The first Senate hearing on the NCLB rewrite focused on testing and accountability. Discussion at and around the hearing has centered on questions of the Big Standardized Test. How many tests should be given? How often should the test be given? Should it be a federal test or a state test? Who should decide where to draw the pass-fail line on the test?
These are all swell questions to ask, but they are absolutely pointless until we answer a more fundamental question:
What do the tests actually tell us?
Folks keep saying things such as "We need to continue testing because we must have accountability." But that statement assumes that tests actually provide accountability. And that is a gargantuan assumption, leading Congress to contemplate building a five-story grand gothic mansion of accountability on top of a foundation of testing sand in a high stakes swamp.
The question did not go completely unaddressed. Dr. Martin West led off with some observations about the validity of the test. And then he trotted out Chetty, Friedman and Rockoff (2014) a study that piles tautology (we define good teachers as those with good test results, and then we discover that those good teachers get good test results; also, red paint is red) on top of correlation dressed up as causation. If you like your Chetty debunking with a more scholarly flair, try this. If you like it with Phineas and Ferb references, try this.
Then West piled up more correlation dressed as causation. Citing Deming et al (2014), West takes a stand for the predictive power of testing, and in doing so, he himself makes clear why his support of testing validity is actually no support at all.
Predictive power is not causation. Let's take a stroll through a business district and meet some random folks. I'll bet you that the quality of their shoes is predictive of the quality of their cars and their homes. Expensive shoes predict a Lexus parked in front of a five story grand gothic mansion.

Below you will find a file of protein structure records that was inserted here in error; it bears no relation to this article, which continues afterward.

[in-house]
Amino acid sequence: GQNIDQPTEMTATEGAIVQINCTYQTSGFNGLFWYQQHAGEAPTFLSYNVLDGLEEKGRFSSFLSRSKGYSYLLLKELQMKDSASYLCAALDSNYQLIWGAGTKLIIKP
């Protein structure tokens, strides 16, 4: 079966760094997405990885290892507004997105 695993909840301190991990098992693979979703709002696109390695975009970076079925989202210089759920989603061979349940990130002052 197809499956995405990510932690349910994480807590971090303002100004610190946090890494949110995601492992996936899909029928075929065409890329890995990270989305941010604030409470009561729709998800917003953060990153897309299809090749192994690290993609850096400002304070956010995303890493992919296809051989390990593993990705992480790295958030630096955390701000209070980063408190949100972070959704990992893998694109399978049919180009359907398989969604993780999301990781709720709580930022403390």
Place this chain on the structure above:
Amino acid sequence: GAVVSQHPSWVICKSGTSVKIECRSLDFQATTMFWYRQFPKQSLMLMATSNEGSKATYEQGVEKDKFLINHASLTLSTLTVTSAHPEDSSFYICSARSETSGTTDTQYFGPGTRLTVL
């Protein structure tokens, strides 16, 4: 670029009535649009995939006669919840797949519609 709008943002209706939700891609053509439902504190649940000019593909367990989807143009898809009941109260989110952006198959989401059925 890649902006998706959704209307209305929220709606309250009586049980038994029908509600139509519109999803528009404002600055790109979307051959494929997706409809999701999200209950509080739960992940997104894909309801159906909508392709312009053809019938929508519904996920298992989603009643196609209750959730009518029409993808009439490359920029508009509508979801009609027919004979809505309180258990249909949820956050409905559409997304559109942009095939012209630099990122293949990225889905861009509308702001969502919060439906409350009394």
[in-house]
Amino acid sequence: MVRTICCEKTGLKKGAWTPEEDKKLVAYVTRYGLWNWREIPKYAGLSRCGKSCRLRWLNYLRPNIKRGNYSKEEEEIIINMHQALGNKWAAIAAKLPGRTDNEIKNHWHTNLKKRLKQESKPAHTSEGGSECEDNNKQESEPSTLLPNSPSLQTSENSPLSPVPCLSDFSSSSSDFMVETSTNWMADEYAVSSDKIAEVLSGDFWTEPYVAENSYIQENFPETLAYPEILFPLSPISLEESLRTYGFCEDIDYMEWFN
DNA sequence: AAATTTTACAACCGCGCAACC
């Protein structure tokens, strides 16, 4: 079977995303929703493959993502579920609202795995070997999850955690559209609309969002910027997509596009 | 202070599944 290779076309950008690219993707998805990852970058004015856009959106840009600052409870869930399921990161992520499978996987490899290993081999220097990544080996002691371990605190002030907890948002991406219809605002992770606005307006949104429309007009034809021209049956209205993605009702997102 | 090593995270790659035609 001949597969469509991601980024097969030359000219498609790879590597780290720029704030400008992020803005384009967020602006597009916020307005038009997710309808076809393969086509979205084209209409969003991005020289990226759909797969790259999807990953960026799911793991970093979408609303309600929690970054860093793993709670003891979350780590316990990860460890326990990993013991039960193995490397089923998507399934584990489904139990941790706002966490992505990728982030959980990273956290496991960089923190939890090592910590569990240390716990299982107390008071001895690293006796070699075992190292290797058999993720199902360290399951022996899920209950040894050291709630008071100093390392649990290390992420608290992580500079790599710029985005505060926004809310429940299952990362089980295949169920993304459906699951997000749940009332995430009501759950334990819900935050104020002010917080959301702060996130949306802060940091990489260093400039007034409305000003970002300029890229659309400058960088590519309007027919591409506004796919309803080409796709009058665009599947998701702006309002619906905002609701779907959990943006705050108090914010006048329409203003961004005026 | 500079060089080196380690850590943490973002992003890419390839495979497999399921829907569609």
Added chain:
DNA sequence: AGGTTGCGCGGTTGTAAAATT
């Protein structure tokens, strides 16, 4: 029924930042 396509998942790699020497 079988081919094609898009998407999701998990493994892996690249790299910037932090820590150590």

It does not follow, however, that if I buy really nice shoes for all the homeless people in that part of town, they will suddenly have expensive homes and fancy cars.
And here's how test-based accountability works. People off in some capital tell local authorities, "We want to end homelessness. So we expect pictures of all your homeless wearing nice shoes. And if the number doesn't go up, we will dock your pay, kill your dog, and take away your dessert for a year." The local authorities will get those pictures (even if they have to use fake shoes or the same shoes on multiple feet), send off the snapshots to the capital, the capital folks will congratulate themselves for ending poverty, and the homeless people will still be sleeping under a bridge and not in a fancy gothic mansion.
Another version of the same central question that was neither asked nor answered at the hearing would be:
What would give us the best, most complete, most accurate sense of how well educated a young person might be? How many people would seriously answer, "Oh, given the need to measure the full range of a person's skills, knowledge and aptitudes, I would absolutely depend on a bubble test covering just two thin slivers out of the whole pizza of that person." When you think of a well-educated person, do you automatically think of a person who does really well on standardized tests of certain math and reading skills?
Oddly enough, it was a nominally pro-test witness whose testimony underlined that. Paul Leather, of the New Hampshire Department of Education, testified at some length about the granite state's extensive work in developing something more like a whole-child, full-range assessment-- something that is robust and flexible and individual and authentic and basically everything that a standardized mass-produced test is not.
Congress put the cart not only before the horse, but before the wheels came back from the blacksmith shop. What they need to do is bring in the testing whizzes of Pearson/PARCC/SBA/etc and ask them to show how the Big Standardized Test measures anything other than a student's ability to take the Big Standardized Test. And I have not even addressed the question of whether or not the Big Standardized Test accurately measures even the slim slice of skills that it claims to assess-- but that question needs to be asked as well. We're missing serious discussions of testing's actual results, like this one. Instead, Congress engaged in a long discussion of how best to clean and press the emperor's new clothes.
There is no point in discussing what testing program best provides accountability if the tests do not actually measure any of the things we want schools to be accountable for. You can build your big gothic mansion in the swamp, but it will be sad, scary and dangerous for any people who have to live there.
Originally posted at View from the Cheap Seats